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Arezzo

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Arezzo was one of the twelve most important Etruscan cities. It is considered to have been one of the most important among them. The acropolis of San Cornelio, one of the hills of Arezzo, was fortified by the Etruscans. Etruscan walls, the Poggio del Sole necropolis, and the “Minerva” and the “Chimera of Arezzo”, now in Florence, testify the Etruscan past of Arezzo. Trades with Greece allowed for fine Greek pottery, finer than the Etruscan, to be imported.
A piece of pottery from Roman-times Arezzo was found in India at Arikamedu. This is evidence that Arezzo vested an important exporting role during Roman times with was then called Persia.

The Romans conquered the Etruscan Arezzo in 311 BC. Named Arretium in Latin, the city became an important military station on the Cassia road. The Cassia road was the way to expansion of Rome into the Po river valley. During the Roman civil war Arretium was half demolished after the victory of Sulla. In the Augustan period Arretium continued to flourish as Arretium Vetus (The Old Arezzo) and was the third largest city in Italy. This period saw Arezzo getting famous for its pottery manufactures, the well-known red, and black Bucchero clay vases and pottery.

The 3rd and 4th centuries saw Arezzo became throned by the Roman church bishops. These bishops used to be feudal lords of the city during the Middle Ages.
Unfortunately the Roman Arretium was demolished during the barbaric invasions and parly by the people of the city itself to reuse the stones to fortify the city. The only construction that still stands is the Amphitheater.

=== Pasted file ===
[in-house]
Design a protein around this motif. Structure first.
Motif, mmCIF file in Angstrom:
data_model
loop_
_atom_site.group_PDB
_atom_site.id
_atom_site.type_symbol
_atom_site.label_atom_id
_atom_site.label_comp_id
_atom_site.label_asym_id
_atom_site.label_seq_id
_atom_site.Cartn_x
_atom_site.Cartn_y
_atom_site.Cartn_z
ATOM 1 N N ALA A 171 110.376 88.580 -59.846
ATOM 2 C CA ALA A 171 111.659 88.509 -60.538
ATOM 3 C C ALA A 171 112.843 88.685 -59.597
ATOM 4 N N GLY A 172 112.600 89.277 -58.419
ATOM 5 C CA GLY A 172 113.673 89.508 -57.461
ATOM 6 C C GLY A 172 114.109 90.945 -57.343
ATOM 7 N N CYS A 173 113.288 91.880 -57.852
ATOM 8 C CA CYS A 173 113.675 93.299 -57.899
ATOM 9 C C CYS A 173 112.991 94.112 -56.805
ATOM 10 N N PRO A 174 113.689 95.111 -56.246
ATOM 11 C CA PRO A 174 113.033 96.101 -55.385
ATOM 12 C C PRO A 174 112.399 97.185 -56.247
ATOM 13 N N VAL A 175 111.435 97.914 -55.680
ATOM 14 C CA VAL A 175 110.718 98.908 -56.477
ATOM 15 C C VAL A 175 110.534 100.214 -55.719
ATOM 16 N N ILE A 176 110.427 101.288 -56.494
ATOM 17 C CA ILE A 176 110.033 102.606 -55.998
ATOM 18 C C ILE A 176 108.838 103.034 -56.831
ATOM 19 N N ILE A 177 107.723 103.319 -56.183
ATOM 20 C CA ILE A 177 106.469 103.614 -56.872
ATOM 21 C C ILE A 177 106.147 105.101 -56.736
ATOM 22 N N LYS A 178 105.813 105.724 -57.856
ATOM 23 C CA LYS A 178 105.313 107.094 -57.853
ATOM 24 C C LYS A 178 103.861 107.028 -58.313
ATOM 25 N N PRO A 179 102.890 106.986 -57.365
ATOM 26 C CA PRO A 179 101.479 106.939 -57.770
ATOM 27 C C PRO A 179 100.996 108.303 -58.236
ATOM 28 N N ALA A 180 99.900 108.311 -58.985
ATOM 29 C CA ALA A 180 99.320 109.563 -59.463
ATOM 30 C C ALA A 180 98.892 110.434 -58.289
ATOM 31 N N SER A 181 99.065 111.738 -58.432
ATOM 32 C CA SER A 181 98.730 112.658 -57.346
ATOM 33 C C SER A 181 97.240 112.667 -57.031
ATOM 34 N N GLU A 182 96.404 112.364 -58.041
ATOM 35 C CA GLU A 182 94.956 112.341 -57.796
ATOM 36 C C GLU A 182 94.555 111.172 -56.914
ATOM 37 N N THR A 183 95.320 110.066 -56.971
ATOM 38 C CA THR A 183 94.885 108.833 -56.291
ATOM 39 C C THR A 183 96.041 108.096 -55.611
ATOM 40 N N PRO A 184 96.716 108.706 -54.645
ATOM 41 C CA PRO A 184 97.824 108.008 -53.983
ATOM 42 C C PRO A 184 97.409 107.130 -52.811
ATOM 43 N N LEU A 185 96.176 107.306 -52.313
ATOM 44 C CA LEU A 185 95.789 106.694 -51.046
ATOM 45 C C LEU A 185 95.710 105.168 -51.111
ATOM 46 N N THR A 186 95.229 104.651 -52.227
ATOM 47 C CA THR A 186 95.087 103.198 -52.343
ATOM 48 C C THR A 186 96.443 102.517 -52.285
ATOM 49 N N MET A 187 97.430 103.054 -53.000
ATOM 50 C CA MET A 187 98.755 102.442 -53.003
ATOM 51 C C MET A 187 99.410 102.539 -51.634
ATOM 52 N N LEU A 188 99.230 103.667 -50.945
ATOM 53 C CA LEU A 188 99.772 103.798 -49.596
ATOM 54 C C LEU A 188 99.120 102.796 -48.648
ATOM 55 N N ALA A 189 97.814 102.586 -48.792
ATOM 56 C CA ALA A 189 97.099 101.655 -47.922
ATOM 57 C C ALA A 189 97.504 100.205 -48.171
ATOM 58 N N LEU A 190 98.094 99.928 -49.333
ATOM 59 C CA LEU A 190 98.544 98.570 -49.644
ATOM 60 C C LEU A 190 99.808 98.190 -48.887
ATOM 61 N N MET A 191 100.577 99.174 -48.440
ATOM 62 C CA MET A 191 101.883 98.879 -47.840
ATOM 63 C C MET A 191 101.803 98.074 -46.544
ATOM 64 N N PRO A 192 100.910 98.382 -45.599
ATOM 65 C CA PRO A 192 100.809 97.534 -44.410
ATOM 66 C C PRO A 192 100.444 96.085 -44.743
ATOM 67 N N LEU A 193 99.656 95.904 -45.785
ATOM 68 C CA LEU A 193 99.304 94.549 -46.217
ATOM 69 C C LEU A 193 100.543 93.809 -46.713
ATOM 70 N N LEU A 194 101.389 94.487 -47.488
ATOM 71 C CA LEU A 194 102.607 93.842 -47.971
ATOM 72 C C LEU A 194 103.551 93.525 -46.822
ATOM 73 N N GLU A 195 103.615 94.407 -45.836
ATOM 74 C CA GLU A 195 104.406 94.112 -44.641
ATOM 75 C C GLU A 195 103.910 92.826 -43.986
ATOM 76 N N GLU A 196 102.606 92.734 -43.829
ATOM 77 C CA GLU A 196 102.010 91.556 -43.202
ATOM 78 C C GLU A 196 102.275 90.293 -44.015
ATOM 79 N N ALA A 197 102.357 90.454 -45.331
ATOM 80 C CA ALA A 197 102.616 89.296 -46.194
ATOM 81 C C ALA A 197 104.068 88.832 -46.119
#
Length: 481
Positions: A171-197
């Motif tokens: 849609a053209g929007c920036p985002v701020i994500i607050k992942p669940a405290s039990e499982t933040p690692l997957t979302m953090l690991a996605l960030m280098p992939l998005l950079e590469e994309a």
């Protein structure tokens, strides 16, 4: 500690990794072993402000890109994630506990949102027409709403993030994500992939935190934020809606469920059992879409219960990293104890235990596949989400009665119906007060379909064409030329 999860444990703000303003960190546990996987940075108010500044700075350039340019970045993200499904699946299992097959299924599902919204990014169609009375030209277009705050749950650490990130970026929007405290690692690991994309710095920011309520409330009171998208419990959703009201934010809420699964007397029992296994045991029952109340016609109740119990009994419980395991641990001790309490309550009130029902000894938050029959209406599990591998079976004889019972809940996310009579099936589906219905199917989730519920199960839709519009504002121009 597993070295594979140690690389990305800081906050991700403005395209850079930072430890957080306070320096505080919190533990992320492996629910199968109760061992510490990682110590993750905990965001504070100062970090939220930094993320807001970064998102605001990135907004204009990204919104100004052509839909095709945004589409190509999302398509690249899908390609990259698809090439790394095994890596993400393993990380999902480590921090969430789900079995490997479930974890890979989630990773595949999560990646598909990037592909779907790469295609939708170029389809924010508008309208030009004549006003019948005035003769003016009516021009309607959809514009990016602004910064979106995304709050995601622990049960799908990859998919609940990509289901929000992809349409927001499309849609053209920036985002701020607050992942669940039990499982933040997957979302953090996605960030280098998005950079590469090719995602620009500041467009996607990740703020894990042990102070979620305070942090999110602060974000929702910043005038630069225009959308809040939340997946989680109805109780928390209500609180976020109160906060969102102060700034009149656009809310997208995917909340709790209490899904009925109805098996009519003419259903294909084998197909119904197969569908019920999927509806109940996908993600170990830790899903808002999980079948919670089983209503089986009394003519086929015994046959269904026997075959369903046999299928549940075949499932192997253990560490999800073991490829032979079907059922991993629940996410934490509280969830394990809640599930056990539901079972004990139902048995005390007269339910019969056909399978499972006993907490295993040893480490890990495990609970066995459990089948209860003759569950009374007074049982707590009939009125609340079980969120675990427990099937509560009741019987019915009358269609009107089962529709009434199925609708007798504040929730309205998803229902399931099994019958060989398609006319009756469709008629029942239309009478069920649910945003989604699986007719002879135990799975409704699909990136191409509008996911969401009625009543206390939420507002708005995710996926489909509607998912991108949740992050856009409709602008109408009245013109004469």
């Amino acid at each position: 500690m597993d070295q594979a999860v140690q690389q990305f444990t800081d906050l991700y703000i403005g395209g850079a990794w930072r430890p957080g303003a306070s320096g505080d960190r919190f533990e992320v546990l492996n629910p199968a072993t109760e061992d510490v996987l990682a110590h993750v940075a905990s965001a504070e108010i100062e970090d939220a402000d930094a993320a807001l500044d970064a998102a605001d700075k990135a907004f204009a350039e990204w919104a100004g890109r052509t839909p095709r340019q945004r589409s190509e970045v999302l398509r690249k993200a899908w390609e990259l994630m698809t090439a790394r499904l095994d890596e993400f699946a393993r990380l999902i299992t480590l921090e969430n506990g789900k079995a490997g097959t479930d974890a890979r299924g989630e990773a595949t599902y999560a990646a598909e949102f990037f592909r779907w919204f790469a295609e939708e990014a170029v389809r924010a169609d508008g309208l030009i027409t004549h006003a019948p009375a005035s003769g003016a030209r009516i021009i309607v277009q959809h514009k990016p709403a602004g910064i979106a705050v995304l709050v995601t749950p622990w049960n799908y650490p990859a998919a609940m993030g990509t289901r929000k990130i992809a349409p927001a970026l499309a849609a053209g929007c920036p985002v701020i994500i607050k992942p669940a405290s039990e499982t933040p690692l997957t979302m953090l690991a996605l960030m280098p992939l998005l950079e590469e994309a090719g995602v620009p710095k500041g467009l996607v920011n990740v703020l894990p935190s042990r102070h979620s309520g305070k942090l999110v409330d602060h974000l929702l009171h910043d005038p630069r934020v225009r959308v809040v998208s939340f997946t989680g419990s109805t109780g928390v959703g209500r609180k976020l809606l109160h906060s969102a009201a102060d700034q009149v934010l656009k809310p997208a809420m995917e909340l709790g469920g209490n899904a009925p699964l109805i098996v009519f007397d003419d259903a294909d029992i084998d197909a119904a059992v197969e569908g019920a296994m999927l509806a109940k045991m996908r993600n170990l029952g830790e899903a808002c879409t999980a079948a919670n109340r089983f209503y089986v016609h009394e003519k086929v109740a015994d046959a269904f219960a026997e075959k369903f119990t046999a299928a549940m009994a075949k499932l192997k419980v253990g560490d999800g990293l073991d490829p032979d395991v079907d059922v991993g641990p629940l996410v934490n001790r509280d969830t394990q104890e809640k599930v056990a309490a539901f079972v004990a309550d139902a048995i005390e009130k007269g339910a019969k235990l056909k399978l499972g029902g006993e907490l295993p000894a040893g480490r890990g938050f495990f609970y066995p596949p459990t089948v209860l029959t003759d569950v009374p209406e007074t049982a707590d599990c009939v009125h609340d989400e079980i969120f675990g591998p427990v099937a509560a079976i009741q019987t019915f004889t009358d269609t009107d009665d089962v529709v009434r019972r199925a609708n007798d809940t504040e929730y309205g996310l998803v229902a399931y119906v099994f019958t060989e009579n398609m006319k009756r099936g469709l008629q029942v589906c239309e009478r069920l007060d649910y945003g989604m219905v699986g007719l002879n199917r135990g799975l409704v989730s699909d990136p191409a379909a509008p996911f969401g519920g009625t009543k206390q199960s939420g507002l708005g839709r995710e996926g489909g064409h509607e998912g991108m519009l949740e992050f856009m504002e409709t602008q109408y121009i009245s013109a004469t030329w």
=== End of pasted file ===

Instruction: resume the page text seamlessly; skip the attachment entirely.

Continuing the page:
Between 1098 until 1384 Arezzo kept its status of independent city-state. The affiliation with Siena’s Ghibelline made Arezzo an opposer of Guelph Florence. The year 1252 saw the university of Arezzo, the Studium, being founded. In 1289 the fortunes of the city started to decrease as in 1384 the city became a Guelph city, making of the city an appendix of Florence, inheriting its politics, history and culture with a consequent loss of identity. The Medicean family ruled over Arezzo. However, it was during this period of Medicean art patronage that Piero della Francesca created his beautiful frescoes in the church of San Francesco di Arezzo. The frescoes have been recently restored and represent Arezzo’s most representative works; soon afterwards Arezzo began a cultural and economical decline, which somehow helped preserving the medieval center of the city.

In the 18th century the Val di Chiana was drained helping the elimination of malaria. The end of the century meant the French invasion of Arezzo. The Napoleonic troups conquered the city. However the Viva Maria resistance movement turned the city into a base against the invaders. Thanks to this movement and the importance it vested Arezzo became the capital of its province. When in 1860 Italy was unified, Arezzo became part of the new Kingdom of Italy. The city kept its status during WW one and two, however suffering heavy damages.

The Map of Arezzo


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